Journalists may not use information from the Facebook accounts of their "friends," a Danish media tribunal ruled Wednesday in a case pitting the prime minister's brother against a tabloid.
"Information on closed profiles are reserved to people -- the Facebook 'friends' -- who have been authorised to access the profile," the Danish Press Council said.
"That is why media do not in principal have access to use information posted in closed profiles," the media ethics court said, setting a legal precedent on how media can use the Facebook social networking website.
It added however that this consideration for the closed profile holder could be superseded in some cases if the general interest in the information was big enough.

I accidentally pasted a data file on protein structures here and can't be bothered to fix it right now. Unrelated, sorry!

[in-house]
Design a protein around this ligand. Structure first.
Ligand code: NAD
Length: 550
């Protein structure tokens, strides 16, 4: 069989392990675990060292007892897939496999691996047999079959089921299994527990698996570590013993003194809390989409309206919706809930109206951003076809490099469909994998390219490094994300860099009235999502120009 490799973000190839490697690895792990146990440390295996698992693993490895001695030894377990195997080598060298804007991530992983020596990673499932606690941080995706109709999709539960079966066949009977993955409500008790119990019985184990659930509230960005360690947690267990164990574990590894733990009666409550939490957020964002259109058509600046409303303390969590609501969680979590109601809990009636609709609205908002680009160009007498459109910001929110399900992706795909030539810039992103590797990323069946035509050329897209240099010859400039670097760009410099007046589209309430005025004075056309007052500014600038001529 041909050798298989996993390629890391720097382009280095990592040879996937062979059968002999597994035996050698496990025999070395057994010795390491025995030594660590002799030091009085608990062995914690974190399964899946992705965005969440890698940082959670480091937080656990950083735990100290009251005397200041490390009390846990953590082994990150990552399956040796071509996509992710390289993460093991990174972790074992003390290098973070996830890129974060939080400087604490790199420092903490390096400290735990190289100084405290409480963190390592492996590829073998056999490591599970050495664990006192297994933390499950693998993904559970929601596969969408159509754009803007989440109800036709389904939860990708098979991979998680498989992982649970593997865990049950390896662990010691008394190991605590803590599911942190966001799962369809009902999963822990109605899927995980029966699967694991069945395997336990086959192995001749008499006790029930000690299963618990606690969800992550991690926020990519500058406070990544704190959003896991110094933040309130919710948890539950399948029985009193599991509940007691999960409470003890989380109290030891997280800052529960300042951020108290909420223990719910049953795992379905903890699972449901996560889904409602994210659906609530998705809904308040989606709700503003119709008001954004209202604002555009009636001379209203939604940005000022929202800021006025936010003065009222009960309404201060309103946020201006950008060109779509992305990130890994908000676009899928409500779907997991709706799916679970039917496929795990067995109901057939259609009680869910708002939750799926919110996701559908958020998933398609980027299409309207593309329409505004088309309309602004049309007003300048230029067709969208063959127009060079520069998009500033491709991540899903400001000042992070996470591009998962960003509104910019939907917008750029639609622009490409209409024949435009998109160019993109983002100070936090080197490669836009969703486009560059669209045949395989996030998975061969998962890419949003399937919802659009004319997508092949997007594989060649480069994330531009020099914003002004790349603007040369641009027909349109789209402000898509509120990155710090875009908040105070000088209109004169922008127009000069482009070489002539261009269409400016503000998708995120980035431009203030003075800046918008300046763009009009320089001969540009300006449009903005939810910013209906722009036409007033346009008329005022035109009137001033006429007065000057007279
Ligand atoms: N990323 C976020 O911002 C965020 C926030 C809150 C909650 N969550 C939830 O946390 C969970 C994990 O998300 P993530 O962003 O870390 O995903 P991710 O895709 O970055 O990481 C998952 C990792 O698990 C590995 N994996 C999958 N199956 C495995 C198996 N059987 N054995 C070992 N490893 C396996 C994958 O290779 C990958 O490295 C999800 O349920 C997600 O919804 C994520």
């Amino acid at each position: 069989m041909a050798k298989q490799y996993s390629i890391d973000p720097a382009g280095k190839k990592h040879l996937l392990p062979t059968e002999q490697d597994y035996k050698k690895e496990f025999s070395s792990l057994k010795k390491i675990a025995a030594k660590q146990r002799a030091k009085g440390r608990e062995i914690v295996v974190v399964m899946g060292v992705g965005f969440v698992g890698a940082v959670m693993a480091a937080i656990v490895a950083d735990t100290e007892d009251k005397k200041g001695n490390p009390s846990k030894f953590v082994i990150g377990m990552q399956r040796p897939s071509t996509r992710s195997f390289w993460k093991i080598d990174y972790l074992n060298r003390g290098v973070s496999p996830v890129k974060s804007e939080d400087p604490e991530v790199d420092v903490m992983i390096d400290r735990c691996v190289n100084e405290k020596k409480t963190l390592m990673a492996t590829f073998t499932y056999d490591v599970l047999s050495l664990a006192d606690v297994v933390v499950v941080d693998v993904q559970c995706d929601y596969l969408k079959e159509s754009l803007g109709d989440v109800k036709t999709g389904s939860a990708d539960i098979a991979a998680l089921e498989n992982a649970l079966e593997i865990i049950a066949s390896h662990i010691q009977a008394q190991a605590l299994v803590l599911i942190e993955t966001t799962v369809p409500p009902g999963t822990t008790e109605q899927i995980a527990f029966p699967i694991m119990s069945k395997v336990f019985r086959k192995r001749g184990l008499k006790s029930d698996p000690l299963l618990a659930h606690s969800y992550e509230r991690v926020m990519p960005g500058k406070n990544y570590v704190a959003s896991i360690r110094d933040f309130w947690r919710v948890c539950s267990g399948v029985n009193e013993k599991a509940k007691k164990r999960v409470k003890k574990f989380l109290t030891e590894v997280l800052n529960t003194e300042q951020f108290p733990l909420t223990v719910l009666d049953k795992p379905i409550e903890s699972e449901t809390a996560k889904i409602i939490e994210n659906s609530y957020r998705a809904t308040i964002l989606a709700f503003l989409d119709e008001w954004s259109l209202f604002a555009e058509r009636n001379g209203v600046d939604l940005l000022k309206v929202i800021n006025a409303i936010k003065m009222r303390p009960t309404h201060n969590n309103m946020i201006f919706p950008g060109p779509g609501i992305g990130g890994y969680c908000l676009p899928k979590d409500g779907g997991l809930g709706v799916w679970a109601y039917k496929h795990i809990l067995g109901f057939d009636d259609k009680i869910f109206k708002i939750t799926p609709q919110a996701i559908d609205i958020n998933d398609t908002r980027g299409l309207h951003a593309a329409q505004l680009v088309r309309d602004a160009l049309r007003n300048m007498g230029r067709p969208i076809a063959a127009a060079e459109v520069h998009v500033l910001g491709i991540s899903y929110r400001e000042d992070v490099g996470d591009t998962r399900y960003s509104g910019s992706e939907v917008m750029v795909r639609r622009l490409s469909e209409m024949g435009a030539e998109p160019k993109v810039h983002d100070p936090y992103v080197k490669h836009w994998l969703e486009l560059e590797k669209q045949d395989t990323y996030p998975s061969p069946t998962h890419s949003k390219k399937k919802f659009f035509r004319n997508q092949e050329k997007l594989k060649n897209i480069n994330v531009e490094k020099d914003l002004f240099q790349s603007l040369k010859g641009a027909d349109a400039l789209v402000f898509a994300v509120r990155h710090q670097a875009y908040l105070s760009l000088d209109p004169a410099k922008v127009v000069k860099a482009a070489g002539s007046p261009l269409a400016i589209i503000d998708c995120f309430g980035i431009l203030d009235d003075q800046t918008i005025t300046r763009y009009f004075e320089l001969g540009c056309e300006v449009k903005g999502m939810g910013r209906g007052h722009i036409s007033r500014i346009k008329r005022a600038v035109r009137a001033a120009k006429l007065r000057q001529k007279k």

That had not been the case when the Ekstra Bladet tabloid in July published elements from the closed Facebook profile belonging to Knud Loekke Rasmussen, the brother of Denmark's centre-right government chief Lars Loekke Rasmussen, the council said.
Four journalists at the paper figured among his Facebook "friends" and thus had access to his comments, which included calling members of the opposition "loudmouth" and "idiot".
The Press Council, an independent body that handles ethics complaints against Danish media, ordered Ekstra Bladet to publish its ruling in the paper.
The council had last April ruled that Danish media could freely use all information posted on "open" Facebook profiles, which are visible to everyone and not limited to the account-holders' approved circle of friends.
Explore further: Turkey still hopes Twitter will open local office